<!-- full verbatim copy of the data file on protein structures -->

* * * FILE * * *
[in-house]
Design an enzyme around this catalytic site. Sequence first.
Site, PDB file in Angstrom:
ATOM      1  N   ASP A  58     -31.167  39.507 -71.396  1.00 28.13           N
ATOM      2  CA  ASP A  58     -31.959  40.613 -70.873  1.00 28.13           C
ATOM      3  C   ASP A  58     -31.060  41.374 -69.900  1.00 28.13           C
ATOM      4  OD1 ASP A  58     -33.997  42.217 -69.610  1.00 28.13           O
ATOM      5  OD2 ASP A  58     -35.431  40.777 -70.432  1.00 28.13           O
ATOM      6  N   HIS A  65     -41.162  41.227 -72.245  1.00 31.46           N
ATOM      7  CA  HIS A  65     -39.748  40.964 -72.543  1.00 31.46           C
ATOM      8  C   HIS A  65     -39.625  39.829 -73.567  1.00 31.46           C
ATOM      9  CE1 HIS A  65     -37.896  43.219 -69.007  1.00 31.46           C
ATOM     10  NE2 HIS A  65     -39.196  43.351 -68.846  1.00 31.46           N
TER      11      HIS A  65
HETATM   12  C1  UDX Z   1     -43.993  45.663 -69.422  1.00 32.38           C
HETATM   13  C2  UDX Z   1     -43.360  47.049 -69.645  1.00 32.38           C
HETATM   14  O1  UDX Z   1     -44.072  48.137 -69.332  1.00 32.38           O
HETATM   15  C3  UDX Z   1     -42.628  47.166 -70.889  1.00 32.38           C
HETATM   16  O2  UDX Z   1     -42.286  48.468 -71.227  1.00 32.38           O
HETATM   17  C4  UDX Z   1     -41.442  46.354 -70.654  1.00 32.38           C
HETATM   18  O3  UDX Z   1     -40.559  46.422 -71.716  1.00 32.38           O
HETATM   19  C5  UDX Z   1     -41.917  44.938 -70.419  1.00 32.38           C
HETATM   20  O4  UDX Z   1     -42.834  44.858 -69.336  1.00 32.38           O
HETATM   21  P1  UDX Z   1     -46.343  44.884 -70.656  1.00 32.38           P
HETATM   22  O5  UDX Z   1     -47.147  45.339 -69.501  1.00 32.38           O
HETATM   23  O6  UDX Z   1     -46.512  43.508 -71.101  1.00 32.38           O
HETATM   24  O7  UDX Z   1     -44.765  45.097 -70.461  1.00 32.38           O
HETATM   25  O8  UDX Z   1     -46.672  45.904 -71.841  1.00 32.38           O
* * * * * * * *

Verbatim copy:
[in-house]
Design an enzyme around this catalytic site. Sequence first.
Site, PDB file in Angstrom:
ATOM      1  N   ASP A  58     -31.167  39.507 -71.396  1.00 28.13           N
ATOM      2  CA  ASP A  58     -31.959  40.613 -70.873  1.00 28.13           C
ATOM      3  C   ASP A  58     -31.060  41.374 -69.900  1.00 28.13           C
ATOM      4  OD1 ASP A  58     -33.997  42.217 -69.610  1.00 28.13           O
ATOM      5  OD2 ASP A  58     -35.431  40.777 -70.432  1.00 28.13           O
ATOM      6  N   HIS A  65     -41.162  41.227 -72.245  1.00 31.46           N
ATOM      7  CA  HIS A  65     -39.748  40.964 -72.543  1.00 31.46           C
ATOM      8  C   HIS A  65     -39.625  39.829 -73.567  1.00 31.46           C
ATOM      9  CE1 HIS A  65     -37.896  43.219 -69.007  1.00 31.46           C
ATOM     10  NE2 HIS A  65     -39.196  43.351 -68.846  1.00 31.46           N
TER      11      HIS A  65
HETATM   12  C1  UDX Z   1     -43.993  45.663 -69.422  1.00 32.38           C
HETATM   13  C2  UDX Z   1     -43.360  47.049 -69.645  1.00 32.38           C
HETATM   14  O1  UDX Z   1     -44.072  48.137 -69.332  1.00 32.38           O
HETATM   15  C3  UDX Z   1     -42.628  47.166 -70.889  1.00 32.38           C
HETATM   16  O2  UDX Z   1     -42.286  48.468 -71.227  1.00 32.38           O
HETATM   17  C4  UDX Z   1     -41.442  46.354 -70.654  1.00 32.38           C
HETATM   18  O3  UDX Z   1     -40.559  46.422 -71.716  1.00 32.38           O
HETATM   19  C5  UDX Z   1     -41.917  44.938 -70.419  1.00 32.38           C
HETATM   20  O4  UDX Z   1     -42.834  44.858 -69.336  1.00 32.38           O
HETATM   21  P1  UDX Z   1     -46.343  44.884 -70.656  1.00 32.38           P
HETATM   22  O5  UDX Z   1     -47.147  45.339 -69.501  1.00 32.38           O
HETATM   23  O6  UDX Z   1     -46.512  43.508 -71.101  1.00 32.38           O
HETATM   24  O7  UDX Z   1     -44.765  45.097 -70.461  1.00 32.38           O
HETATM   25  O8  UDX Z   1     -46.672  45.904 -71.841  1.00 32.38           O